It goes without saying that Europe has lagged behind other world powers in many of the technological races of recent decades: from the design of smartphones and the operating systems that control them to the development of artificial intelligence applications, e-commerce platforms or social networks, among other areas of competition. But there is a new race, still in its early stages, in which Europe seems determined not to be left behind: the issuance of CBDCs (central bank digital currencies), which are intended to be an electronic version of cash now that banknotes and coins are in clear decline as a means of payment.
Although China is leading the way with its digital yuan, which is already in operation in a pilot phase in numerous provinces of the Asian powerhouse, the United States is showing a relatively cautious attitude as it ponders the implications (benefits and risks) that the issuance of a digital dollar would have. In Europe, however, the public debate no longer revolves around whether or not a digital euro is necessary, but rather around its design: what this digital euro should look like and what it should be used for.
The European Central Bank (ECB) will this year conclude a research cycle in which it has been refining some key design features. At the end of the year, it is expected to launch a production phase that, without yet implying an issuance decision, will enable it to develop and test technical and business solutions for the digital euro. And, in parallel, before the summer, the European Commission will propose a legal framework for the digital euro that will have to be negotiated by the European Parliament and the European Council to establish the principles for a future issuance by the ECB.
What lies behind this determined push by the EU authorities? In addition to the overarching arguments for issuing a CBDC, such as preserving access to central bank money and the monetary anchor in a context of increasing cashlessness, or responding to the threat of foreign CBDCs or global private currencies, the European authorities have an additional motive: to develop a Europe-wide payment solution that, unlike cards, does not rely on foreign providers. This policy objective of strategic sovereignty in electronic payments is not new, but it has gained greater prominence in the current geopolitical context. The digital euro offers authorities the possibility of directly taking the initiative and developing a European payment solution.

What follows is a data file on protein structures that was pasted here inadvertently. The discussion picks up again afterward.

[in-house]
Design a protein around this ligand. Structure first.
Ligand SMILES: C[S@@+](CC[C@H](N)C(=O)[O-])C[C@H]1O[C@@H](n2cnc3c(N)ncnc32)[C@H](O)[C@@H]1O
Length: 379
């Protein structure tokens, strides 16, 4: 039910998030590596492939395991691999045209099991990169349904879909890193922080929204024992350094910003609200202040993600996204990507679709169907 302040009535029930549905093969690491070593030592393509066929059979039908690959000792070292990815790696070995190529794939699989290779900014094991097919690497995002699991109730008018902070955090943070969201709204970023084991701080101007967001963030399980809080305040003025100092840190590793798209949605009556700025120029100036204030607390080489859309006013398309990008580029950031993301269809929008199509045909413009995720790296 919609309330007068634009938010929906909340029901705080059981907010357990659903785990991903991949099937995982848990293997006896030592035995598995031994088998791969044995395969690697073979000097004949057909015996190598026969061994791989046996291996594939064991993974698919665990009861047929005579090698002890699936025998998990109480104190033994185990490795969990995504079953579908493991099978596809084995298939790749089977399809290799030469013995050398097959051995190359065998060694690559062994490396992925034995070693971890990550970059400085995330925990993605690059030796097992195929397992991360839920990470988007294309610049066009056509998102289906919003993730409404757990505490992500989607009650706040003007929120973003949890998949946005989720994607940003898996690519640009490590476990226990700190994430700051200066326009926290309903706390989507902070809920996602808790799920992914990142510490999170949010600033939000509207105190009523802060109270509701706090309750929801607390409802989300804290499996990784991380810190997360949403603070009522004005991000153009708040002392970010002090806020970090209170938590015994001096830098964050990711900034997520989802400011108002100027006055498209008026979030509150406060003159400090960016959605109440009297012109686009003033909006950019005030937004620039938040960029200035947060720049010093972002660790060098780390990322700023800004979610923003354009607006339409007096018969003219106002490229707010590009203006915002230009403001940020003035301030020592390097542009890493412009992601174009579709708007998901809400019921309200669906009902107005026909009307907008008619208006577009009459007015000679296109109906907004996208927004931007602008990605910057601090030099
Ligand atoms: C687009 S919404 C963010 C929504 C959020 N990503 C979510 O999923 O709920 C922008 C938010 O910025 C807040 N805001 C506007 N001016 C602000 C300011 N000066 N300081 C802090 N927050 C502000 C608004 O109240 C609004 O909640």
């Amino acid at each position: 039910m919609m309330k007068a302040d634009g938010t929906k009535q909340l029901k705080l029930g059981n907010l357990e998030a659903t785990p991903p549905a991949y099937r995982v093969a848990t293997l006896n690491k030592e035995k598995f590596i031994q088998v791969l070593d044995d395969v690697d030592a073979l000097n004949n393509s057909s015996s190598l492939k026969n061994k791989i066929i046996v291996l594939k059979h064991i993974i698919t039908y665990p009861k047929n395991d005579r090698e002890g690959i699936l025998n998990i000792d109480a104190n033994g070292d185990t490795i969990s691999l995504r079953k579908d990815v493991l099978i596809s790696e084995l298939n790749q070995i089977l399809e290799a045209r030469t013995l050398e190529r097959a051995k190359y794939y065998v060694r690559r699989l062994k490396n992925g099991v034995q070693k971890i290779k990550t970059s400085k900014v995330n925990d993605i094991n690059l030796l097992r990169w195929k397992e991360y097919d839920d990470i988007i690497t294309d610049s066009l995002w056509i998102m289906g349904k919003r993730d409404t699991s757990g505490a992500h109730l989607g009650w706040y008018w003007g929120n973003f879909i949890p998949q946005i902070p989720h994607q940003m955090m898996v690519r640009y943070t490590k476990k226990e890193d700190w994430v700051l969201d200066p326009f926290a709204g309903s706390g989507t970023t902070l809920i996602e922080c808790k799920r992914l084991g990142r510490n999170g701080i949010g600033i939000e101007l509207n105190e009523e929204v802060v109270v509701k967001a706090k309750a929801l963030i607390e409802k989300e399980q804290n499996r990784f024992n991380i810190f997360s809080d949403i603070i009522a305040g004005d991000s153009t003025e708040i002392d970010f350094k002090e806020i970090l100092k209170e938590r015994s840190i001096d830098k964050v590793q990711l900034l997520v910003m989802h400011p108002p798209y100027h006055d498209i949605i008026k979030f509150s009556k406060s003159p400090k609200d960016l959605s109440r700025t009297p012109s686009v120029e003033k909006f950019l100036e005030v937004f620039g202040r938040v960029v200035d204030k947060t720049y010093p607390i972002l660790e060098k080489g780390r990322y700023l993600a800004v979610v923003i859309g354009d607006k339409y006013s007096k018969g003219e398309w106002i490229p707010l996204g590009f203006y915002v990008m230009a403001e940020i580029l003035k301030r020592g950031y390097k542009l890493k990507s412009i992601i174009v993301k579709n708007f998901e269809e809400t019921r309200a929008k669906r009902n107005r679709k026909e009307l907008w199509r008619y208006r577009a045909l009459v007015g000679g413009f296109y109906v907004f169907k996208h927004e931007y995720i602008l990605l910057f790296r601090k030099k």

But the truth remains that there are other alternatives to the digital euro to achieve the same goal. In fact, today, payment solutions based on instant payments, such as Bizum in Spain, already cover the use cases that the ECB has prioritized for the digital euro: payments between individuals, payments in brick-and-mortar and electronic commerce, and payments involving public authorities. The only thing missing is the European scale of these solutions, so that they can be used to send money to someone in Finland or buy goods in a French store, as an alternative to cards.
The digital euro project should therefore exploit all possible synergies with instant payments, building on existing infrastructures and solutions, rather than developing new ones from scratch, while at the same time serving as a driver for the expansion and interconnection of domestic instant payment solutions. This would facilitate the deployment of the digital euro more efficiently and allow it to gain traction faster. In addition, payments could be made throughout the euro zone—without the mediation of foreign companies—in both central bank money (the digital euro) and commercial bank money (the current Bizum), thus widening consumer choice.
In the coming months, as the ECB prepares for the implementation phase and EU legislators begin negotiating the legal framework for the digital euro, key decisions will be made on the synergies between the digital euro and instant payments and on the potential role of existing domestic solutions. The Spanish solution (Bizum) is one of the most successful across Europe and could play a major role in the rollout of the digital euro and the expansion of instant payments at the European level.
So, in this new digital race that Europe does not want to lose, Spain has something distinctive to contribute and, therefore, the opportunity to be a key player.